Identity / Life

Why Pride?

I write this the day after the pride festival in our town, still reveling in the glory of the weather, the people, and most of all of course, the feeling that comes with LGBT Pride celebrations everywhere. I realized today that this was my twentieth year celebrating in June as an out lesbian. I am now a 35 year-old mother of three and now both religiously and legally married to my wife as of 11 years ago and eight months ago respectively. I am doing fine (knock wood) with my career, family, and community, so why then would Pride be so very necessary for me even still?

I grew up in the NY metro area and came out at the age of 15. My own children can say that they started attending NYC Pride in utero, but my teenage start wasn’t so bad either. What I found at Pride was a unique sister- and brotherhood that extended to strangers who immediately became friends, at least for the day. For teenage me, this was a revelation in no uncertain terms. I have watched Pride, marched in Pride, and now I can say that I have helped to organize Pride. In these twenty years, much has changed about the way that the LGBT community is perceived, even as there are still many challenges that await us. But what is it about the gathering together of hundreds or thousands of like-minded people that matters?

The joy of Pride is evident even in the largest of gatherings. When the crowd on Christopher Street last year found out that my daughter was celebrating her third birthday that very day, a rousing (and harmonious!) chorus of “Happy Birthday” swelled to include both sides of the street that were still awaiting the dykes on bikes. How many three year-olds can say that they have been serenaded so delightfully by a group of people so incredibly proud, so incredibly validated to simply be standing (sweating) there together, that they spontaneously burst into song on a city street?

I believe that despite our newfound marriage equality that is rapidly barreling its way across the land, we fight hard every day, even still, choosing to disclose our lives and make ourselves vulnerable each time we meet someone new or encounter a new situation. So many of us are still threatened by violence and hate (overt and covert) on a daily basis. Even those of us who do not necessarily feel the outside pressure of negativity still feel the internalized pain of homophobia in ourselves, telling ourselves that we are not worthy, not beautiful, not good enough, every day.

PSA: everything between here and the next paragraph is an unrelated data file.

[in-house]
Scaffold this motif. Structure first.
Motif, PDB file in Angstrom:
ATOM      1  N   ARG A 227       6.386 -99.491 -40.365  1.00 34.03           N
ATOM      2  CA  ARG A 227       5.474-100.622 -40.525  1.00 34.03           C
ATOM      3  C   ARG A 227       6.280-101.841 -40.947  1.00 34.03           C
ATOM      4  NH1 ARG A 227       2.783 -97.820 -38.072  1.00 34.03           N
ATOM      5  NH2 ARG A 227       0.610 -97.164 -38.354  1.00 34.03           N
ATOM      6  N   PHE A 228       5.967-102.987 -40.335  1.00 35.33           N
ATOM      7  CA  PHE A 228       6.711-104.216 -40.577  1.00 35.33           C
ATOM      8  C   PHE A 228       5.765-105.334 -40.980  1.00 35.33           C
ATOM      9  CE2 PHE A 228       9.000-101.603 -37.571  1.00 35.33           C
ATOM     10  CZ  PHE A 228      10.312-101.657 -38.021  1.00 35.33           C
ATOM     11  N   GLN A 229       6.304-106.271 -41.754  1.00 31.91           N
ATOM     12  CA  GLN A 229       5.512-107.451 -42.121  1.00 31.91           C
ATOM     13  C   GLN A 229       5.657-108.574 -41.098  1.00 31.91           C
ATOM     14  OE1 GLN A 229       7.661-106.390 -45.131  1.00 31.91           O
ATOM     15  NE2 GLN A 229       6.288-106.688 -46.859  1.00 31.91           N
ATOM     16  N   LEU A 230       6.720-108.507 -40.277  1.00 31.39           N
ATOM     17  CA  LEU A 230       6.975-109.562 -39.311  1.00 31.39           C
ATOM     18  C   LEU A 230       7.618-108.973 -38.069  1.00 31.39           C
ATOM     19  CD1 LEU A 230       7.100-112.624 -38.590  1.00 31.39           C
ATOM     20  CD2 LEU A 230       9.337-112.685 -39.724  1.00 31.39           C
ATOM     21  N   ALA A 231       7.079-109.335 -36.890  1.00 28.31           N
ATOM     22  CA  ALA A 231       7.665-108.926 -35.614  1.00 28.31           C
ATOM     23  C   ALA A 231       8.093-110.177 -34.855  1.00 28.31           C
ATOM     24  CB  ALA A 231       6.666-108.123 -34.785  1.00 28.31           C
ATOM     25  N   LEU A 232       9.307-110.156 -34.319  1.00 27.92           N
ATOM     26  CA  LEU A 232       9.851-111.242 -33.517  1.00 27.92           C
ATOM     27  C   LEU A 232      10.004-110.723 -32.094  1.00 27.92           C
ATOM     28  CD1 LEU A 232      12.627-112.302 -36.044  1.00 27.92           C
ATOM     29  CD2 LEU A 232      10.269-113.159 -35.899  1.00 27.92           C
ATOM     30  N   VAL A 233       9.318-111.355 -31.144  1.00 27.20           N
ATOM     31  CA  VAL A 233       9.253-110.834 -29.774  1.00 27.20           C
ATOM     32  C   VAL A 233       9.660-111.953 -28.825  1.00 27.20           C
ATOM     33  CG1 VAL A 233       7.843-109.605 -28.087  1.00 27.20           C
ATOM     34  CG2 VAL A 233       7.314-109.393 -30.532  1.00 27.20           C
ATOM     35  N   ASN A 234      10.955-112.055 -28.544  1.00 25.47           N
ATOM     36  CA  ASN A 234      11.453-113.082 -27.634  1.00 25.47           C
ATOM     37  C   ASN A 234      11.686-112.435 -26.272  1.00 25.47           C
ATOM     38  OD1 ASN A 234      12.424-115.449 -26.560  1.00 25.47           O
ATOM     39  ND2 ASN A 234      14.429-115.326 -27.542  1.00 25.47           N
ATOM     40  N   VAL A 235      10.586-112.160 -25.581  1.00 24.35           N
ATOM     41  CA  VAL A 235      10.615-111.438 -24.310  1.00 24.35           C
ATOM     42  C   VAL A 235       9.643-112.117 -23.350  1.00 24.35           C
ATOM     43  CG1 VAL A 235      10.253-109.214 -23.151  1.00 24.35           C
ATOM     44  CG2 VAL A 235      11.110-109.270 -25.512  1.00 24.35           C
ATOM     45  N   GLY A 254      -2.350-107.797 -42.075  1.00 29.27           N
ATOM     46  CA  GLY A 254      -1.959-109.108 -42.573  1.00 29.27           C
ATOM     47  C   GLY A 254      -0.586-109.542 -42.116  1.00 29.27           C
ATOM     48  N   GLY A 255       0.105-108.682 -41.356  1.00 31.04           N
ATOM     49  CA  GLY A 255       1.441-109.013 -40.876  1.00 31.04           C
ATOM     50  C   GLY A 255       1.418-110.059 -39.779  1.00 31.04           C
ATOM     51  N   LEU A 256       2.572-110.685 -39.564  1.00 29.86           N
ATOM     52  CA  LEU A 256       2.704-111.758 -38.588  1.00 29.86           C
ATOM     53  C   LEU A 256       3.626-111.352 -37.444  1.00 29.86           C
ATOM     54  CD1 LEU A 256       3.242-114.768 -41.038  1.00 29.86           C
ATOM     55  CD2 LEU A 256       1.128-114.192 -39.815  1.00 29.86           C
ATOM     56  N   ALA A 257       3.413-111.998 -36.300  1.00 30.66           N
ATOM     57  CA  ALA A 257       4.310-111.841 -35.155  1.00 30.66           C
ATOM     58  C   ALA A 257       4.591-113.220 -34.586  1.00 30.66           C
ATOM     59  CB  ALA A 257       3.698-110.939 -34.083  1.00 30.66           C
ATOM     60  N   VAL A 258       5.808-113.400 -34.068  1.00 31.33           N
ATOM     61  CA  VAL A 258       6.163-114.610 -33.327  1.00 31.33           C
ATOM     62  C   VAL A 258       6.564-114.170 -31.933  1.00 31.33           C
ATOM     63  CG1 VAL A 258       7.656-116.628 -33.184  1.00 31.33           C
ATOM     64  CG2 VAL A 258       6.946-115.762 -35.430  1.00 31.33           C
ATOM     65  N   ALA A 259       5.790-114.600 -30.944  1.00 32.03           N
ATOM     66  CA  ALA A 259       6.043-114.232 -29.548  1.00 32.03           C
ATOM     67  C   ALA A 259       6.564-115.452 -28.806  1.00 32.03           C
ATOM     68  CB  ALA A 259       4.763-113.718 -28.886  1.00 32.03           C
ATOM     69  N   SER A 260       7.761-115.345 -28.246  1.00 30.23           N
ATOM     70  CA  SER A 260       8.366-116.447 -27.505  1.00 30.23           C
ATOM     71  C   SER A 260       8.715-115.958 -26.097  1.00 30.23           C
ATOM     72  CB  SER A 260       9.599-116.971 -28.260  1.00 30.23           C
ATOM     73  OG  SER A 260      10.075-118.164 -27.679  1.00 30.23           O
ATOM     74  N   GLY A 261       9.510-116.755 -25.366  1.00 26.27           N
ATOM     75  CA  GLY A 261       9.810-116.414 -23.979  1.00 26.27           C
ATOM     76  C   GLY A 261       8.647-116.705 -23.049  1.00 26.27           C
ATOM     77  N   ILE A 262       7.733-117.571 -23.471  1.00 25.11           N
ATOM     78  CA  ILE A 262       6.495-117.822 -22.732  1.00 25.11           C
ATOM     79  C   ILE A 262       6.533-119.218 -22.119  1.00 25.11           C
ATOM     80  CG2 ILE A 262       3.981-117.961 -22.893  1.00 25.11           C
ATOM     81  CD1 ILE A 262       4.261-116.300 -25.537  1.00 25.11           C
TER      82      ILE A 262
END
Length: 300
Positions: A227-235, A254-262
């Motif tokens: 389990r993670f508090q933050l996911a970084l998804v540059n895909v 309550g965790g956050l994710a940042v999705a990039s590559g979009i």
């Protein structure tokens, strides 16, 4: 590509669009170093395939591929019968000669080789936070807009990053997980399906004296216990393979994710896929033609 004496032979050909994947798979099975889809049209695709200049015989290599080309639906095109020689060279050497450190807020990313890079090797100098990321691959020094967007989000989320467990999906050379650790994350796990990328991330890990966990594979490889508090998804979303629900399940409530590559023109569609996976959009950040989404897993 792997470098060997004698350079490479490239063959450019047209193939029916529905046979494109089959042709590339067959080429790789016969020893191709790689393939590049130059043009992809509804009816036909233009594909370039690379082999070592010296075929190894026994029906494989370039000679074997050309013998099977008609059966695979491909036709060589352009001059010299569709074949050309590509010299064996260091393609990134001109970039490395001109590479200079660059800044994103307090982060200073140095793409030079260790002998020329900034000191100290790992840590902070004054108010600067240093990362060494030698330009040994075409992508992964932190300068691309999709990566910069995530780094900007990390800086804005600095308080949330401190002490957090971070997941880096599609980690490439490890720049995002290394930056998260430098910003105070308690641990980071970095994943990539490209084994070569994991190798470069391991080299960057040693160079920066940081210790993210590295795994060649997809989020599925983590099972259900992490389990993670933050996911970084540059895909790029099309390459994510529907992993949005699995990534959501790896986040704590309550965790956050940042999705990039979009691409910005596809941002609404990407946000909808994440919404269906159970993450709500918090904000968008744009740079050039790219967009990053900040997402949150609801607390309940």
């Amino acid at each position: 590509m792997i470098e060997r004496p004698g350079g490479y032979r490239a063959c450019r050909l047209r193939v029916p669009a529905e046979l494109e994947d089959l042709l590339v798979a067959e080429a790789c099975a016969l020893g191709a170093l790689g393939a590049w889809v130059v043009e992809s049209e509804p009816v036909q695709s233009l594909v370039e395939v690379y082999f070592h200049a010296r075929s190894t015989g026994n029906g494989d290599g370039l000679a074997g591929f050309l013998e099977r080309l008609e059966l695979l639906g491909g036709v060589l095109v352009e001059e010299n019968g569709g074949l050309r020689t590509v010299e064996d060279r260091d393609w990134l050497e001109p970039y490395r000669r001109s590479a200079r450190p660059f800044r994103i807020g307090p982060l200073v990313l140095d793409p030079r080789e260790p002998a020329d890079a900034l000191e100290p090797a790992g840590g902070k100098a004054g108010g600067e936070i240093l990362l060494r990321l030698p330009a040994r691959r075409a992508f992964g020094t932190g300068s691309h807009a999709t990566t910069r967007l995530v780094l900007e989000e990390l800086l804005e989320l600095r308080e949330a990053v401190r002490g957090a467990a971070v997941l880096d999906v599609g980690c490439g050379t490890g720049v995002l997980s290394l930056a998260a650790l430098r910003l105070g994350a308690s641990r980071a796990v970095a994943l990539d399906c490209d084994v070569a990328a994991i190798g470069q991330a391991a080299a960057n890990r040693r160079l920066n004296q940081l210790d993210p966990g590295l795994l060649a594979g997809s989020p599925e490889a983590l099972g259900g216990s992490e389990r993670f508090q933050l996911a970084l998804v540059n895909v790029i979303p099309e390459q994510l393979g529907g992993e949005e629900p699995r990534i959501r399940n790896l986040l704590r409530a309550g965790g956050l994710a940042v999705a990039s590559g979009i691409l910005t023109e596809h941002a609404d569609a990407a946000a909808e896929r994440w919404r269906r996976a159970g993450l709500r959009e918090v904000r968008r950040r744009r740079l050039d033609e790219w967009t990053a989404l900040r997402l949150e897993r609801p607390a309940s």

Pride is just as important for me today as it was in 1995. Actually, it has grown in importance for me because when I became a parent, I saw the essential importance of positivity and opportunity for youth. I feel a sense of loving obligation toward our LGBT youth, and chaperoning a queer youth dance this past week was an absolute joy for me. I am filled with (yes) pride for “our” kids, and watching them delight in the support of their community is a gift. Our pride celebration is our gift to these youth especially, to show them that they are each beautiful and worthy and that their lives are each of infinite value to us.

When you come to Pride, you are telling me that I am valuable and that my life is important. You are telling me that I am just like you, just as worthy of living my fullest life. I am overwhelmed with gratitude for the families who brought around one thousand children to our kids’ zone and stage, and for the thousands more who attended our main stage. May Pride continue into the future, ever evolving but always remembering that it is telling us, each of us, that we are not less than. It tells us that we are deserving of parties, celebration, and rainbow-themed giveaways. More than that, though, it tells us that we are worth it. Our lives, each individually and together as a community, matter. We matter. And that is enough for me to keep going for another year.

Happy Pride 2014, everyone! Enjoy!


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  1. Pingback: Why Pride : A Gurlz Guide

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